What up, Buttercups?
This is really a film of two parts. It follows the stories of a pair of twins (Brady and Bill) both played by Ed Norton.
Brady is a weed farmer with a relaxed attitude and Bill leads a buttoned down life as a professor and renowned philosopher. The plot is basically Brady wants to go clean and needs Bills help to do so. Hi-jinks ensue.
But there are moments of brilliance. Kerri Russell plays a poet with a beautiful world view who can also noodle a catfish. Reciting Walt Whitman while gutting a catfish is odd but a perfect juxtaposition for a character that his this unique world view while living back where she grew up.
Whereas Bill would rather be away from the small town life and his family.
It’s stated early on in the film that Brady is the smarter of the two and it shows. He has his own ideas about the world. It’s a simpler view than his brother’s. He is filling the film’s role as a permanently stoned philosopher. A man who has the ‘mojo’ to talk people into doing things they don’t want to, or more accurately, talking them into doing things they don’t think they want to.
Its a story of how two people so alike can be comfortable in different skins. Brady is happy in his little world. He his friends, his girlfriend and is about to become a Dad.
Bill, on the other hand, is living this single almost lonely life in Rhode Island. He’s on the career fast track and can talk beautifully about his subject but everything in his life is skewed towards discipline. He teaches the classics and during the first few minutes of the movie he espouses the notion that logic and passion are irreconcilable. That for the few fleeting moments that we think we have a balance between the two of them we are pretending to be God and are heading for a fall.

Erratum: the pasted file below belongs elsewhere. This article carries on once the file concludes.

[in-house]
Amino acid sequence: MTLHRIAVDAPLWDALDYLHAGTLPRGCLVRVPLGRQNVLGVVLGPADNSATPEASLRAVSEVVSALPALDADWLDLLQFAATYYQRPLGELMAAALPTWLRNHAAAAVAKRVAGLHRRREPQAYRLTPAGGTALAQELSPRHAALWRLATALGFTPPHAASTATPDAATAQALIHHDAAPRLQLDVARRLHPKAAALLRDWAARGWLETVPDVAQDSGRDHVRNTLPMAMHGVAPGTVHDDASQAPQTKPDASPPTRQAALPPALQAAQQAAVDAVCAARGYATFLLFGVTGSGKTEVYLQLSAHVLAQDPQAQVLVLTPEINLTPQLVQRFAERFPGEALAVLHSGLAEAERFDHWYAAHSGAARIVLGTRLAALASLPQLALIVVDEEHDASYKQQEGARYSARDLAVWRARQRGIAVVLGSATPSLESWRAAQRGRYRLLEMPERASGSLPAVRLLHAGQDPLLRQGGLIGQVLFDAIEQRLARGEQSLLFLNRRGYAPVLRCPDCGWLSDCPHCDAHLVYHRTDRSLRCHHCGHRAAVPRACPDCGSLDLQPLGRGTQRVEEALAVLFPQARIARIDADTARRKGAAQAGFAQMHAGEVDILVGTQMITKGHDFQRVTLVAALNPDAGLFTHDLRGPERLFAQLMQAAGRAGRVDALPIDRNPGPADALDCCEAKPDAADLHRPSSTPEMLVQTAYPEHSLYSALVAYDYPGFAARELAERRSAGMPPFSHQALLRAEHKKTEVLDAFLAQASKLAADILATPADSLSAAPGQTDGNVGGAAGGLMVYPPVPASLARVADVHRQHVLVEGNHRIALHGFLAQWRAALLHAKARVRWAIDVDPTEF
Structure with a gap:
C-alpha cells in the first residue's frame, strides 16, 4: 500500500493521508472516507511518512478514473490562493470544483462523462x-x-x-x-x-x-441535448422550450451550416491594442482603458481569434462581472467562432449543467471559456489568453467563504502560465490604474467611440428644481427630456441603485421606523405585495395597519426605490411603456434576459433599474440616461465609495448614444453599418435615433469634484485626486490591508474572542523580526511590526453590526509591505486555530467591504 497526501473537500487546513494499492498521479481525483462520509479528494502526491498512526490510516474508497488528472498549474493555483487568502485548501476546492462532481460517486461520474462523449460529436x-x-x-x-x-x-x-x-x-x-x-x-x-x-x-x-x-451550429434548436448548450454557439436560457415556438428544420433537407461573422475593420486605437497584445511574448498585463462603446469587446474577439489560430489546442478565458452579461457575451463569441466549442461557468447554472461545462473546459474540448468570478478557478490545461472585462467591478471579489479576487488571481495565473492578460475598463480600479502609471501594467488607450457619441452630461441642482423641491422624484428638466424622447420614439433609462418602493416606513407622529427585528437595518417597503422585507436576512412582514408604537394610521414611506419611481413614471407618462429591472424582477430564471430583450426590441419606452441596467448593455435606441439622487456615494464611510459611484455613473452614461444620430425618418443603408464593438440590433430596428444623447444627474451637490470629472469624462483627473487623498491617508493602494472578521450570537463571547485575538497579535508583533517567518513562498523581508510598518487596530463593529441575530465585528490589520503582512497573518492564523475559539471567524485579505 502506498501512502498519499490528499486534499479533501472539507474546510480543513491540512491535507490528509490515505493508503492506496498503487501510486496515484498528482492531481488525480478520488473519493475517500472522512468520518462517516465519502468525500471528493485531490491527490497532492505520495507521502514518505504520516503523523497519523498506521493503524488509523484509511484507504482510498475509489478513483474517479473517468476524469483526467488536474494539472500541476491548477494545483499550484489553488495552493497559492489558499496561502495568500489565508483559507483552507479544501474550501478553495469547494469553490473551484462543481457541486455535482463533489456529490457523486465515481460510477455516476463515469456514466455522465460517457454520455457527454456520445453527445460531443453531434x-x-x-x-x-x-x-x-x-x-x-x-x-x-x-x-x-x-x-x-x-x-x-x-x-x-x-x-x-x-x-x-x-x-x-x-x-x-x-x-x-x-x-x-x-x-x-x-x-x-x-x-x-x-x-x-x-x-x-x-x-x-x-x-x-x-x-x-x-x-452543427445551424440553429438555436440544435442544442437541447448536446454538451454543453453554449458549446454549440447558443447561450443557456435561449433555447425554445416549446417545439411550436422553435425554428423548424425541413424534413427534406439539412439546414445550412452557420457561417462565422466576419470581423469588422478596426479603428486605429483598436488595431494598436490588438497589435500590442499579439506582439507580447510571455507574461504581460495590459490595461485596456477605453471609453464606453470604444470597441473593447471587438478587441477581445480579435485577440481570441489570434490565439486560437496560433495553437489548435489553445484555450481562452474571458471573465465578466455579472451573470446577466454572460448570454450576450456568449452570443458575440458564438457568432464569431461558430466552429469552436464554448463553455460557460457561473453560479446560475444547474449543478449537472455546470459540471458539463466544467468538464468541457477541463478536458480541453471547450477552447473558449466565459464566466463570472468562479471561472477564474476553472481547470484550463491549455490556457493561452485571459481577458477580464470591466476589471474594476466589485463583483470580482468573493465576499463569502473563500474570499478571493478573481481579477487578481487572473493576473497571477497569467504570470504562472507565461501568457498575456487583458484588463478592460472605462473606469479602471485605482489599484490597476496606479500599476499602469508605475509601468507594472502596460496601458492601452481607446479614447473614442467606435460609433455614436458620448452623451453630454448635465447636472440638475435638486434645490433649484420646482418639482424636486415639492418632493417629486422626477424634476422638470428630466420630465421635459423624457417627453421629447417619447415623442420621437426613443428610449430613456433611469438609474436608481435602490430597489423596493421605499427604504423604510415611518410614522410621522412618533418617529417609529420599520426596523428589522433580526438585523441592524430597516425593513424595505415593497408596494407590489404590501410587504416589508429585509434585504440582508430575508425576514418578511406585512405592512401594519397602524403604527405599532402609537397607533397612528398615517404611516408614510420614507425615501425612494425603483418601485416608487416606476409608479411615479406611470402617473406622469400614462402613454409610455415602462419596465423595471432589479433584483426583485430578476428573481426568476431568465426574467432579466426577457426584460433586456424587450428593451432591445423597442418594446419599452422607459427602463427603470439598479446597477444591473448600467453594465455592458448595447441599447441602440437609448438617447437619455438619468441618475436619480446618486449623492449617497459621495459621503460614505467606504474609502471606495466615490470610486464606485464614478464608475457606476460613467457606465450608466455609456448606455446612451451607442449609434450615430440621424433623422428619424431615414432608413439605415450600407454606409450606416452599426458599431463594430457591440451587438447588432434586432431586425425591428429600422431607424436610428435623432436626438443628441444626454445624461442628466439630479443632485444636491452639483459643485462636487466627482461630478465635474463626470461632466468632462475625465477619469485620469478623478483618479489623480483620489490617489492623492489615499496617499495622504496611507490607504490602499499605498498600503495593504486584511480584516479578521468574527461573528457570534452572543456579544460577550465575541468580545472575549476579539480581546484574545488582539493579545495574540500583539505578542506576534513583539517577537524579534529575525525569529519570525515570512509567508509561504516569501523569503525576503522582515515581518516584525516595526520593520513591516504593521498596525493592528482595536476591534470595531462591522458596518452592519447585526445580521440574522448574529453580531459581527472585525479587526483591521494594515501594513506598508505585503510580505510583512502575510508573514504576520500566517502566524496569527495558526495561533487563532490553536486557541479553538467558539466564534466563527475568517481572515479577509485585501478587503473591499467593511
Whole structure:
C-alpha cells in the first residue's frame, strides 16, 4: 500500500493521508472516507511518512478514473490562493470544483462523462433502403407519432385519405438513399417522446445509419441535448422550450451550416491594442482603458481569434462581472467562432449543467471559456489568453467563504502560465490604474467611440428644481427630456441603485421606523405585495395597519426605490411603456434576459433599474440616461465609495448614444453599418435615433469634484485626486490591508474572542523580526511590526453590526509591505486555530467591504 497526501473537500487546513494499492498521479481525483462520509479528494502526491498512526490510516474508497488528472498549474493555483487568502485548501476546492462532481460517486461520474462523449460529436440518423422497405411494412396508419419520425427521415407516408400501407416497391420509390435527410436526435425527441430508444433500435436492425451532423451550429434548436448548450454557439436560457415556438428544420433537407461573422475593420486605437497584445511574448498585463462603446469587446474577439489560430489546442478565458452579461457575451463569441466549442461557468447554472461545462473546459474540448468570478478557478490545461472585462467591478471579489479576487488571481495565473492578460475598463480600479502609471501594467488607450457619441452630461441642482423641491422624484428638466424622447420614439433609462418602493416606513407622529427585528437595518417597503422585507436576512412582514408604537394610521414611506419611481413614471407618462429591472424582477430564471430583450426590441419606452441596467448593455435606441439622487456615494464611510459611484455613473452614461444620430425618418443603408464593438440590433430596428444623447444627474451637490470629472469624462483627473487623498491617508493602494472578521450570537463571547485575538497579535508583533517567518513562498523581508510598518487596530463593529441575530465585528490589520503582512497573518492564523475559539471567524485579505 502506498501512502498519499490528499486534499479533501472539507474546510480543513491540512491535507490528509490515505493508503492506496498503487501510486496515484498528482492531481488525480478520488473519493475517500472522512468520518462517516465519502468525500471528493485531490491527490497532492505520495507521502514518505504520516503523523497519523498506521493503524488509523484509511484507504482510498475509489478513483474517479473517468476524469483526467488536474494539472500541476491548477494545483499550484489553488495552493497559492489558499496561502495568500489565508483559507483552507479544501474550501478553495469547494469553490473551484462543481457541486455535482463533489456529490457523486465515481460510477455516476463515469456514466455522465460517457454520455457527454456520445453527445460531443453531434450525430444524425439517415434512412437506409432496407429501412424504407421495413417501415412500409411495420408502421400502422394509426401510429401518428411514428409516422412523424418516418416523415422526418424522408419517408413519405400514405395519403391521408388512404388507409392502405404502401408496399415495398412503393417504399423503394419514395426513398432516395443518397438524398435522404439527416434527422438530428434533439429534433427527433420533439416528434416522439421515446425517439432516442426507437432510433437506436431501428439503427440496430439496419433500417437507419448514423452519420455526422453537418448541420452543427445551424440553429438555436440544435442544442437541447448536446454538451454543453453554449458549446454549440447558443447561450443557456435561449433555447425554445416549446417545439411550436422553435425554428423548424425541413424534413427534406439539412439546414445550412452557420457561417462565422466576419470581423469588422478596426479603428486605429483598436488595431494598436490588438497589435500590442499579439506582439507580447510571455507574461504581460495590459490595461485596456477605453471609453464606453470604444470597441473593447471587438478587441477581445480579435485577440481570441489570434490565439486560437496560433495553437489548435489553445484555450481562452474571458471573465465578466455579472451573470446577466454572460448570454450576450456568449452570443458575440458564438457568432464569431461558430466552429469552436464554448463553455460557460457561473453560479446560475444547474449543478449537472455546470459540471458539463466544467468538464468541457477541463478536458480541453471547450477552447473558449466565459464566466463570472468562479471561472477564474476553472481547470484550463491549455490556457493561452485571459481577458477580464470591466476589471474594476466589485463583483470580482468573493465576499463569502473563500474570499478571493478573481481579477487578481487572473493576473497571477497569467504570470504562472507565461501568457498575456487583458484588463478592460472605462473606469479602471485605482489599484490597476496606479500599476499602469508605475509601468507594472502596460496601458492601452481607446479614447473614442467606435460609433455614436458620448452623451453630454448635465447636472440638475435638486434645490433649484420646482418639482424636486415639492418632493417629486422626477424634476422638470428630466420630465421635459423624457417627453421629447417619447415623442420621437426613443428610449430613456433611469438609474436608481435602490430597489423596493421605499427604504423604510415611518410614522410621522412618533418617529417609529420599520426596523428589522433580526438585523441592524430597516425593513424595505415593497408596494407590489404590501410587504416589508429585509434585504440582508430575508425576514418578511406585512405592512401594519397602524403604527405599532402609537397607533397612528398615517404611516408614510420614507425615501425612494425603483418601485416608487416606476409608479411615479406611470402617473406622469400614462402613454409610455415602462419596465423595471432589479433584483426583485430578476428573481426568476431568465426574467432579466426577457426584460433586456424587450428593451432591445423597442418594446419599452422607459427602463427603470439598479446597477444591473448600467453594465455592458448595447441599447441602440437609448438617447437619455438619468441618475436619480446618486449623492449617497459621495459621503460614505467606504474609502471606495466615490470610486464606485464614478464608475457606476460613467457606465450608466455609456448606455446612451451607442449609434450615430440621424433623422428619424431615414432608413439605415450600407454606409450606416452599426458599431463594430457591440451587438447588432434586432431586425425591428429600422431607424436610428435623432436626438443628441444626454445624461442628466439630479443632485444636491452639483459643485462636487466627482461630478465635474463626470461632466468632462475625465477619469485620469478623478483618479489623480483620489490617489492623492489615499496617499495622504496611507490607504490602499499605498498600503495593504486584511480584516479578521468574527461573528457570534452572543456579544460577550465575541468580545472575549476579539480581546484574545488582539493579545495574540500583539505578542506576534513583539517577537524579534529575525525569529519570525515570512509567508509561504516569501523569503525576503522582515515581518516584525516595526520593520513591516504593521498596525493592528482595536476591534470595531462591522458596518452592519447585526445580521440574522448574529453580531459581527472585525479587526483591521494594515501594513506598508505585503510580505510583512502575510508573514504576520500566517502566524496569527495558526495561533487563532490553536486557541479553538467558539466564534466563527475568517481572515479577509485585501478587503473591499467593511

So the comedy in the film is very formulaic. Two people forced into a situation while they have wildly different attitudes. It’s very much in the vein of the Odd Couple. Then they add in a “It’s not what it looks like” subplot between Bill and one of his students and a blackmail subplot.
It’s not Hollywood’s finest movie. There are times when I was watching this film that I was overwhelmed with the feeling that when this film was being made they weren’t sure what they wanted it to be. There are moments of comedy, romance, deep thought and crime.
This is an odd film. One that I’m not sure I’d watch again considering I struggled to get through it the first time. There were moments of brilliance sprinkled throughout the film but it quickly dissolved into a mess that left me feeling so much of the potential in this film was wasted. It feels like nothing gets resolved.
The epiphany comes at the very end. There are murders and some romance and acceptance in some form but it all feels hollow in a beautiful way.
It’s a film about acceptance; of where we come from, of who we are and the life we find ourselves living. There is an element of facing our fears and, by facing them, realising there is nothing to be scared of in the first place and continuing to be afraid of them is pointless.
There are a lot of setups for jokes and comedy moments that don’t pay off in the way you’d think they should and I can’t decide if that’s bad writing or something new that didn’t work out as first intended.
Richard Dreyfuss plays a Jewish drug kingpin for a handful of minutes and Susan Saradon plays Brady and Bill’s hippy mother again in a role that feels more like a cameo.
There is plenty talent in the picture but the story feels somewhere between a life changing movie and a crime caper.
My biggest feeling after watching this is that there was so much potential that went untapped.